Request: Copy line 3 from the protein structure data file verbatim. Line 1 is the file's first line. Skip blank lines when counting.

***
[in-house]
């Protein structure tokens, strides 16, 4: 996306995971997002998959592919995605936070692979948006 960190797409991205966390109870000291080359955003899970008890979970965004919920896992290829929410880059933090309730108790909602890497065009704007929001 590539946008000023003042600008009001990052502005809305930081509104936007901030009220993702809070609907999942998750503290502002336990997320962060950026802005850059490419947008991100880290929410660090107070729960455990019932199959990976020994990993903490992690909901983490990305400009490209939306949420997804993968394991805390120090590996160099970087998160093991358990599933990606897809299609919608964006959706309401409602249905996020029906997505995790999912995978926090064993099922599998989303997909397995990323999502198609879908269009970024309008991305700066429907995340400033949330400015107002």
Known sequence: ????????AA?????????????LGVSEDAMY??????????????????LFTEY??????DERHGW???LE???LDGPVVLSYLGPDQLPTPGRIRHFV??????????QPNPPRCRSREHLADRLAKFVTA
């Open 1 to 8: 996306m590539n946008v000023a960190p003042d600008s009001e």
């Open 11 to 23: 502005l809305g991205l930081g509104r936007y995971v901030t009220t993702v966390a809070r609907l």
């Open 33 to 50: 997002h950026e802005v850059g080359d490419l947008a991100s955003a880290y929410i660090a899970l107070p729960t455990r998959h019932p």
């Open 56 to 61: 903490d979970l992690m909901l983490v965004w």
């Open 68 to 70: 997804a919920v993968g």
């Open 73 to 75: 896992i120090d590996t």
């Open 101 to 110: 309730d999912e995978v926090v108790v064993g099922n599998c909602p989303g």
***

Known sequence: ????????AA?????????????LGVSEDAMY??????????????????LFTEY??????DERHGW???LE???LDGPVVLSYLGPDQLPTPGRIRHFV??????????QPNPPRCRSREHLADRLAKFVTA